Being a large Caucasian guy in South Korea is a weird experience. As I warm up for the Hi Seoul 10K run, a TV news crew fixates on me. The camera sweeps over me. Records every move. Captures every lunge, backbend, hamstring stretch.
It's been like this since I stepped off the bus from Incheon to Seoul. I've caught so many glances from the corner of someone's eye. The Koreans have been discrete. And no look has been hostile. Just â€¦ curious.
The 10k race (and the marathon and half-marathon) brings out the few other Caucasian types – ex-pats who make their living as a English teachers. They stick together in their own cluster before the race.
I'm by myself, though. Sarah went to line up with the half-marathon crew. At 6'2 with a long mop of hair, it's no wonder the camera hovers inches from a lone white guy like me.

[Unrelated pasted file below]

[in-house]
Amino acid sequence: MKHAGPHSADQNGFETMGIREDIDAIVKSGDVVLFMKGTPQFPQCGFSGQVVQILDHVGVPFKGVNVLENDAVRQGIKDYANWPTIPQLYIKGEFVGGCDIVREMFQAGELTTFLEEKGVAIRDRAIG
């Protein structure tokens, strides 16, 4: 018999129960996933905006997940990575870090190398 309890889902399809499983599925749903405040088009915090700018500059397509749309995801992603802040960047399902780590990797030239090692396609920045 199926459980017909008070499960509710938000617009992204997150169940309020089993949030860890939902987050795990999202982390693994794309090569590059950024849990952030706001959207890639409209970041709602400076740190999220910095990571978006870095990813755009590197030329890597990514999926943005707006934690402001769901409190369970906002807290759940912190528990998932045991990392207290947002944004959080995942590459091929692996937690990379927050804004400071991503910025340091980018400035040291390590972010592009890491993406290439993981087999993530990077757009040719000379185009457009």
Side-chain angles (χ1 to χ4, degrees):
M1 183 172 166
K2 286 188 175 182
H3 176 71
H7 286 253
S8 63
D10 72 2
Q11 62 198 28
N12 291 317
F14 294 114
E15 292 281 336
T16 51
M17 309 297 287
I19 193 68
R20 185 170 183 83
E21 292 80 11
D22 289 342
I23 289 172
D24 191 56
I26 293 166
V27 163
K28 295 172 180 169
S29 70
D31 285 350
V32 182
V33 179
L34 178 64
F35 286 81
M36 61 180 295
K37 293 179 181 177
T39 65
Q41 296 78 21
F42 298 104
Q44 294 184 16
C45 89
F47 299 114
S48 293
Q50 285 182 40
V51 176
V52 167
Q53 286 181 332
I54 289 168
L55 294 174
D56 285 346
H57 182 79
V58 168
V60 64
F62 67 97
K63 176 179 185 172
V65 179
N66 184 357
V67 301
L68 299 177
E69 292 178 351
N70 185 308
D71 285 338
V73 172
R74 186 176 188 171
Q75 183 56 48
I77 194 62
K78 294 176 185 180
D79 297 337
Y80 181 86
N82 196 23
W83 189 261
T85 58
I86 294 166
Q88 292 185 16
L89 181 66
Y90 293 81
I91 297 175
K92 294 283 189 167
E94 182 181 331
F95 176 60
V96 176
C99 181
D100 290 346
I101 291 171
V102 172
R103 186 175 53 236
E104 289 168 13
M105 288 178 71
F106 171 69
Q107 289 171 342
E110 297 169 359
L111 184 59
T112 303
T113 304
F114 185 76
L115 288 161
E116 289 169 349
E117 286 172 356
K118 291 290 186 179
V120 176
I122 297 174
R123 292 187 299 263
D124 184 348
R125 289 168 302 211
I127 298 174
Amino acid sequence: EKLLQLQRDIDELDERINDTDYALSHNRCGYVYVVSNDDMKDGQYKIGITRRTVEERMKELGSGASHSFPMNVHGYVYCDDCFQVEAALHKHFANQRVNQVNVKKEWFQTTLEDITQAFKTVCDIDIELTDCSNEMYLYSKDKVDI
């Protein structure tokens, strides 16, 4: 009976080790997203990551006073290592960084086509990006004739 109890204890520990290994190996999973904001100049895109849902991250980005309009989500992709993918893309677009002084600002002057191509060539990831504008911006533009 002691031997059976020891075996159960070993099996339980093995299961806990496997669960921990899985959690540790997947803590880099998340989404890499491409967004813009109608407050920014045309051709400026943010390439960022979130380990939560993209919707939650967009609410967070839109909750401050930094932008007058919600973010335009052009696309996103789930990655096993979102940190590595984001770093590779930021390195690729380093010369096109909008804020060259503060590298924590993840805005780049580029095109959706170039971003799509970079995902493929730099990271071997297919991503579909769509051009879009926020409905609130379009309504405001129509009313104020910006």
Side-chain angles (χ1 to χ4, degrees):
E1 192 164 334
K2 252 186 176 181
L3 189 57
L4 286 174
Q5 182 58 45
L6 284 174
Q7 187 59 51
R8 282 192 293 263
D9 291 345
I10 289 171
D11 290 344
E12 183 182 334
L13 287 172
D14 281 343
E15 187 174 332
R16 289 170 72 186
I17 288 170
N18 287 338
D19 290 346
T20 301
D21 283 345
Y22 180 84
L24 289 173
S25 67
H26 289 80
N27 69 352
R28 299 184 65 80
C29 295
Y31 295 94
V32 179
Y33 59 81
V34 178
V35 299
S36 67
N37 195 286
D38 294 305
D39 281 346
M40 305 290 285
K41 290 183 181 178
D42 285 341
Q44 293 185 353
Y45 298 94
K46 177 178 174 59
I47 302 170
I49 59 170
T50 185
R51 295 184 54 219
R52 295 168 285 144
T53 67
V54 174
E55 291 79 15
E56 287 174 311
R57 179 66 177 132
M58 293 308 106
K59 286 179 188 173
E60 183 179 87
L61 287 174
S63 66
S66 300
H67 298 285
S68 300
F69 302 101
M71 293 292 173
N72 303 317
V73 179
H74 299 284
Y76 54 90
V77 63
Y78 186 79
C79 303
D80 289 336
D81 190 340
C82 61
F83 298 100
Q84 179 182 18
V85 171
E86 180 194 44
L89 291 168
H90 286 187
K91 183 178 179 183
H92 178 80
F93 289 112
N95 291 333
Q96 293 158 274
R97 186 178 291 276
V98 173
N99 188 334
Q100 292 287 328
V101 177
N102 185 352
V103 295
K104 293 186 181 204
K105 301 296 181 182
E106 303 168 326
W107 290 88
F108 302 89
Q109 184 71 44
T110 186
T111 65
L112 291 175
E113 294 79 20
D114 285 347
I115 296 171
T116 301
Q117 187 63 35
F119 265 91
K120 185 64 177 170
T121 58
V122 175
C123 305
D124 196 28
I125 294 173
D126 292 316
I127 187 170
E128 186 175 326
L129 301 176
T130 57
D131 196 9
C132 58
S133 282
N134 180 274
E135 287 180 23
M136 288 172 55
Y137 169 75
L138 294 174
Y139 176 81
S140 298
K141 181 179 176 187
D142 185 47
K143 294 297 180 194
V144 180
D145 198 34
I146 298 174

If the TV crew expected me to be fast, they were mistaken. The gun goes off to start the 10K race. I thread my way through the crowd. As the theme from Star Trek Voyager plays, I'm penned into the pack. After about a mile, I can finally reach a natural stride.
The 6-mile route takes me to parts of workaday Seoul. I move to pass someone â€¦ and discover that I'm about to plow over a lad who comes up to my solar plexus. His dad notices that I've revved up to pass, and pulls him out of the way.
Soon, I'm at the finish line. I paw through my race goodie bag â€¦ I find canned spicy chicken and chopsticks. My sweat and the morning breeze make me shiver.
I wait for Sarah to finish her 13.1 miles – and just enjoy being an oddity in Seoul.
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